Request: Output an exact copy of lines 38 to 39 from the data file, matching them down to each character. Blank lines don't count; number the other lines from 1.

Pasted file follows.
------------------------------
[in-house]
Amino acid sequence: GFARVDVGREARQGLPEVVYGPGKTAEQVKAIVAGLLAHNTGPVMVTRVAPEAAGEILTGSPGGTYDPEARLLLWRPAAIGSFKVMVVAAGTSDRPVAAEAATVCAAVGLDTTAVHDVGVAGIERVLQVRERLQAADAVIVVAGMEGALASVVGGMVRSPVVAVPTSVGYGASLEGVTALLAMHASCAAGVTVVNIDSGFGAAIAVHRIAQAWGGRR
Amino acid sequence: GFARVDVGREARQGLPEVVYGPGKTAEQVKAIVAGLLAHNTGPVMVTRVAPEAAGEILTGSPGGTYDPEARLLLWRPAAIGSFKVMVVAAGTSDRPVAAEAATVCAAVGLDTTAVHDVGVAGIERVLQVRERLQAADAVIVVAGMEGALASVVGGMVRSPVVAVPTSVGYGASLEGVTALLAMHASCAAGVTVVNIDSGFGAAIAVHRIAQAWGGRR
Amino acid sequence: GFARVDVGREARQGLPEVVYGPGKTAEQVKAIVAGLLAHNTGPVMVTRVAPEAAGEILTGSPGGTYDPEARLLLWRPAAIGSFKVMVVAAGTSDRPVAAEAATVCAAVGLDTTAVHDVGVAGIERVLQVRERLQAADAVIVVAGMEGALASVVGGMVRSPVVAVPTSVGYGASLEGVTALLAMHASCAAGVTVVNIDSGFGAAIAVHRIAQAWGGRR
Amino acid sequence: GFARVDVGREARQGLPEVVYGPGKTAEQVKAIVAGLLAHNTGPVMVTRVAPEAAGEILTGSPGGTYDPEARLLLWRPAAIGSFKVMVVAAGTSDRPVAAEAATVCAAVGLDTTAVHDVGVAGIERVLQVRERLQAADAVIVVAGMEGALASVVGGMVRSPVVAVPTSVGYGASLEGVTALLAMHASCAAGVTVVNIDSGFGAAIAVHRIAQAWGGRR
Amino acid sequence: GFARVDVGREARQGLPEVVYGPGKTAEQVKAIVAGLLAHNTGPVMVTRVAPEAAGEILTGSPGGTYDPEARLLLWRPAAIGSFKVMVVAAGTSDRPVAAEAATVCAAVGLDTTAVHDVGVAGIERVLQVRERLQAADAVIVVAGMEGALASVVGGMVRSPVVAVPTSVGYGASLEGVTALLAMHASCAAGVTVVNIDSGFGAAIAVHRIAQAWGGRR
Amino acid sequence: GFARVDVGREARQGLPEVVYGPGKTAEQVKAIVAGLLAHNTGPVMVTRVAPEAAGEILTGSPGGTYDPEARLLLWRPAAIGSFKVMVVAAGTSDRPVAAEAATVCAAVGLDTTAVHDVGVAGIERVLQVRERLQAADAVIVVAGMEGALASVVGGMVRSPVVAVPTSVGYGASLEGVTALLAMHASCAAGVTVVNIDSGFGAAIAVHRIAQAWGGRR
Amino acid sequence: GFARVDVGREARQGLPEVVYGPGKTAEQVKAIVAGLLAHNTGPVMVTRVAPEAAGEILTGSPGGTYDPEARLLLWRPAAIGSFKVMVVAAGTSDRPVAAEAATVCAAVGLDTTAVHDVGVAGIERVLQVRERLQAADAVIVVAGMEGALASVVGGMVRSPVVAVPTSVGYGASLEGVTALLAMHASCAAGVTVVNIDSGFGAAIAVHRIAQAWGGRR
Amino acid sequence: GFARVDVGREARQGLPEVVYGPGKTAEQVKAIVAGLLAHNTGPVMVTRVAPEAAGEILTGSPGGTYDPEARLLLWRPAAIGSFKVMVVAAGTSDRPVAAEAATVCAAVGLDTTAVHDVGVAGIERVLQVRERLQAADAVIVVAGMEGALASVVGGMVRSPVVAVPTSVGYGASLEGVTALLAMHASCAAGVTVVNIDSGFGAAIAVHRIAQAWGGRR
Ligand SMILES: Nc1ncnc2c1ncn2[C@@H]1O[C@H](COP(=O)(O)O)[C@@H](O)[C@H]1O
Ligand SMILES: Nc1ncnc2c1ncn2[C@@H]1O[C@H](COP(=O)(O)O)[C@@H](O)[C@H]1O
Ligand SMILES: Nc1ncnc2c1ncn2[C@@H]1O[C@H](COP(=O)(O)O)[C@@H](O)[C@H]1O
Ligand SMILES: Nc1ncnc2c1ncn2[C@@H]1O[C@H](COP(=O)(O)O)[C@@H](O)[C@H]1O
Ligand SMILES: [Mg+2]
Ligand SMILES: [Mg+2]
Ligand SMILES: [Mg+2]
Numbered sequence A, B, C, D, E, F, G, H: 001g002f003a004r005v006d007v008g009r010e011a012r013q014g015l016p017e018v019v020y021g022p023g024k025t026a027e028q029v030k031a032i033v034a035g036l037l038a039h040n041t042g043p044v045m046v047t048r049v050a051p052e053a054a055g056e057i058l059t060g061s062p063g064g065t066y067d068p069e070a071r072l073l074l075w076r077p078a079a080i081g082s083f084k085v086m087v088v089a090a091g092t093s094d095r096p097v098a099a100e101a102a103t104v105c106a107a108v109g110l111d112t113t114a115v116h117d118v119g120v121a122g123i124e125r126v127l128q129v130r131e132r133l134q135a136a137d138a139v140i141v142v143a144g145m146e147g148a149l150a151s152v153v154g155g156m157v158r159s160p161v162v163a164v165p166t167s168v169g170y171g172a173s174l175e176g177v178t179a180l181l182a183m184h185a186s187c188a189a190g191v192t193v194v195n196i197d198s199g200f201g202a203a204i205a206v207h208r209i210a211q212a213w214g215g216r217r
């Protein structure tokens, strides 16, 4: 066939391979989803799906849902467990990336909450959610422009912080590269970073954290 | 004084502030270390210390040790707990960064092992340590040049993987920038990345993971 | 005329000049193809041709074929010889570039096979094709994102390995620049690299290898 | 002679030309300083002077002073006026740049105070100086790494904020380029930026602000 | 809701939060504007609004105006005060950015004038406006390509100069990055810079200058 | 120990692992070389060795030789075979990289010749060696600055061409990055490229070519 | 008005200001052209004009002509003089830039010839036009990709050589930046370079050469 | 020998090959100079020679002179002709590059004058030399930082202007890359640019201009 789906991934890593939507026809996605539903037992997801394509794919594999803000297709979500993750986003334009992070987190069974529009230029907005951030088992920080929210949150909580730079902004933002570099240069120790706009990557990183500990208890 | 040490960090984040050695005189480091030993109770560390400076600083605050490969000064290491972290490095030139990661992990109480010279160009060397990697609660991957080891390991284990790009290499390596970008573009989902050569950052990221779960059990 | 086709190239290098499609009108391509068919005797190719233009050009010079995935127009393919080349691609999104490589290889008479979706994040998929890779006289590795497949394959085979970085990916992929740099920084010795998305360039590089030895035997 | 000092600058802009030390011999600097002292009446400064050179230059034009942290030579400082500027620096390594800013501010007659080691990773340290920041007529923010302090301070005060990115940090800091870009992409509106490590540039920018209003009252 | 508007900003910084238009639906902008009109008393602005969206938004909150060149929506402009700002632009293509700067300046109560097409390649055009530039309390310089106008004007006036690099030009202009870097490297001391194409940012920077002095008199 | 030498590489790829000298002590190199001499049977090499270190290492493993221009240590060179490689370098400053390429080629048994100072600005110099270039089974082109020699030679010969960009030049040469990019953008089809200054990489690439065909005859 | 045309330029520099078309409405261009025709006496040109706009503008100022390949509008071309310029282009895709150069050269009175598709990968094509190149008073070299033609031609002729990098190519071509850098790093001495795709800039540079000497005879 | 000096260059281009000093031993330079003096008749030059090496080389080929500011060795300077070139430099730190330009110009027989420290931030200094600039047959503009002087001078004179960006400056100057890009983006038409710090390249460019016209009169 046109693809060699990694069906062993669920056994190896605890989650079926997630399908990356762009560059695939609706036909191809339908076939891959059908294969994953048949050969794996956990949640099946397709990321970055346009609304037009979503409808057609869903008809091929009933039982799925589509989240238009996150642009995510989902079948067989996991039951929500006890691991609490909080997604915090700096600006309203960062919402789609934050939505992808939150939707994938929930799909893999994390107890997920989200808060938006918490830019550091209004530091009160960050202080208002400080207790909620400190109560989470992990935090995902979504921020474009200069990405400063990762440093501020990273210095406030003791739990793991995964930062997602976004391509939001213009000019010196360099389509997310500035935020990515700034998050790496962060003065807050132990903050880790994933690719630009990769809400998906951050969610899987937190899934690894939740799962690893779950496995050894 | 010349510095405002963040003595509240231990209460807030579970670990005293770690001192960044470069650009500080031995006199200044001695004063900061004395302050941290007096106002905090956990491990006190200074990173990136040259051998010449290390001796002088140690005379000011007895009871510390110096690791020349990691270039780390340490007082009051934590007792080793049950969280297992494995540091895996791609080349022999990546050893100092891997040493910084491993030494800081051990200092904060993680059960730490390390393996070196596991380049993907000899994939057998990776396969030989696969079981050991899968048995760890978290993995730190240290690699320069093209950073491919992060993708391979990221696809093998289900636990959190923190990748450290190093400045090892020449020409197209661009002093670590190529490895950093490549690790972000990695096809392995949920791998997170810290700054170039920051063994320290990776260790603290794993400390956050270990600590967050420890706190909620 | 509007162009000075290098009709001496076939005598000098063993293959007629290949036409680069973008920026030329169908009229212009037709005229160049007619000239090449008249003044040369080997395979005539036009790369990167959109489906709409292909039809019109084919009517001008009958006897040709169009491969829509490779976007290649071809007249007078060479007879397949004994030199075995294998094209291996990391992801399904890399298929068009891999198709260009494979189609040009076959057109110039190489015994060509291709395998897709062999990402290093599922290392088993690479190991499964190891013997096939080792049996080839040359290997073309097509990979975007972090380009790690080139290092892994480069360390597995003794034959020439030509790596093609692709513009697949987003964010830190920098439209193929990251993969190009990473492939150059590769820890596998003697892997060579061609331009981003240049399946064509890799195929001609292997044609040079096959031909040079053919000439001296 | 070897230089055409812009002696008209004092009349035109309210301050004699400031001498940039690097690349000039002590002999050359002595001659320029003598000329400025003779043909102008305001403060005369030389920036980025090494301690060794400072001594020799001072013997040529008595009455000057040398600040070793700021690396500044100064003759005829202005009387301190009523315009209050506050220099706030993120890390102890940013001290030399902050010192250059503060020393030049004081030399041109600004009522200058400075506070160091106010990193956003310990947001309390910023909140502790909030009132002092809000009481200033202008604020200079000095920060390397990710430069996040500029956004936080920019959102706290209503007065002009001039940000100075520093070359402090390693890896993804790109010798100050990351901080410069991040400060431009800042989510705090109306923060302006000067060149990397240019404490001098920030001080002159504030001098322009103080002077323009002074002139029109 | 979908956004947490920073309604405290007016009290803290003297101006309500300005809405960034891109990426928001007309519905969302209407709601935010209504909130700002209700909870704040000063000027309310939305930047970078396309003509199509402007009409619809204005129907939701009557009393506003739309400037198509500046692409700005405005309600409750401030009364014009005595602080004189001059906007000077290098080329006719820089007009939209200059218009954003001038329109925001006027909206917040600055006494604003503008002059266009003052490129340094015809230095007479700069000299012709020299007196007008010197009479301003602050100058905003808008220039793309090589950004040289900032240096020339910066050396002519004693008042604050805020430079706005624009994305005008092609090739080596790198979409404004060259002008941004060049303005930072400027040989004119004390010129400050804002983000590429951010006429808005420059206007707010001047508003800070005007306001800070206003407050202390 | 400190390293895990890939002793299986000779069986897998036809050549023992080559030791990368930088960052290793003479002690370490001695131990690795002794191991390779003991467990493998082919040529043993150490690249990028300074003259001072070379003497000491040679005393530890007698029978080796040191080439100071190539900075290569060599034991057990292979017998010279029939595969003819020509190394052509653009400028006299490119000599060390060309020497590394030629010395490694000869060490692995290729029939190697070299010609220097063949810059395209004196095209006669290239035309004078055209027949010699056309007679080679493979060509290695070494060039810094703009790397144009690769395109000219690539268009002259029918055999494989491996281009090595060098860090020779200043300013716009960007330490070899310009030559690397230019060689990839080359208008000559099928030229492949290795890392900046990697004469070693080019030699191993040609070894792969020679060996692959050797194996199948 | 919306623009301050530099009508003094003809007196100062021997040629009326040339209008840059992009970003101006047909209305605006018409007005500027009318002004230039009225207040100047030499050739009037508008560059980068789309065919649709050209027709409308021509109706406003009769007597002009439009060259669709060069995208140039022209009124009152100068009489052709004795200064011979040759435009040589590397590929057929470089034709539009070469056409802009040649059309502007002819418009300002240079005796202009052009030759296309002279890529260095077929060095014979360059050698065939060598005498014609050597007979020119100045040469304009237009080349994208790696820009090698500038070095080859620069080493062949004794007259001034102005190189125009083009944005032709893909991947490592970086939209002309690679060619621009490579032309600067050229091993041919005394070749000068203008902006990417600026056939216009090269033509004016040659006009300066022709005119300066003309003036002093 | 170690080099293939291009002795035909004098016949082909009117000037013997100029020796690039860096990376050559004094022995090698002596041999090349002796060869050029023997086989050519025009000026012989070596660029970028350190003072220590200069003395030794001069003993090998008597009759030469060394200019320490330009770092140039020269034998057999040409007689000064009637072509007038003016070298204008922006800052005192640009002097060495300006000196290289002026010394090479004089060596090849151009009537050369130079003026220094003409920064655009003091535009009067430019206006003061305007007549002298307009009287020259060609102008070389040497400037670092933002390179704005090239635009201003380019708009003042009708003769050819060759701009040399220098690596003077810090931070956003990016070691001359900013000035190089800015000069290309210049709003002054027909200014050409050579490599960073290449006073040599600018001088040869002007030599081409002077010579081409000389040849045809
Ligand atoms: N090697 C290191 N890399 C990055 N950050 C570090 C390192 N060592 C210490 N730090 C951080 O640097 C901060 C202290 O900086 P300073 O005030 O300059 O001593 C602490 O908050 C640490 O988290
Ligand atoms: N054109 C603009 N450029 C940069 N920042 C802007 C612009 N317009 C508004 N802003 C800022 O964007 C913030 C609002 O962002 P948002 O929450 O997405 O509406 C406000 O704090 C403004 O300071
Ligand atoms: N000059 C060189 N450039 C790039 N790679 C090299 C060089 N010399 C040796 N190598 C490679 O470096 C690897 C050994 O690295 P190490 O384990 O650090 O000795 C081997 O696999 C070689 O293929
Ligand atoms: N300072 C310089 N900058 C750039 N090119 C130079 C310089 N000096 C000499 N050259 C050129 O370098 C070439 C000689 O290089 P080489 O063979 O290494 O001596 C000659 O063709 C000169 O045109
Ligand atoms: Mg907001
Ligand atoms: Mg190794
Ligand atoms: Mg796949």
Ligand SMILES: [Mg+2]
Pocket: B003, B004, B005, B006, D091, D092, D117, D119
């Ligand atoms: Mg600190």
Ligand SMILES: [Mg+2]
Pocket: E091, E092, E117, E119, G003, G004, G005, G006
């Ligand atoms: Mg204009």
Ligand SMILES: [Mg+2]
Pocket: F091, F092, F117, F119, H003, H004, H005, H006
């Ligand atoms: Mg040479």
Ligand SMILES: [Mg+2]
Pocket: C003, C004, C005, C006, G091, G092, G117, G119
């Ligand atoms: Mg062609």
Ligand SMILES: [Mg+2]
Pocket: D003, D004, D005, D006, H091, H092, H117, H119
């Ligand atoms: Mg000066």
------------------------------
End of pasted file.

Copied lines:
Ligand SMILES: [Mg+2]
Pocket: D003, D004, D005, D006, H091, H092, H117, H119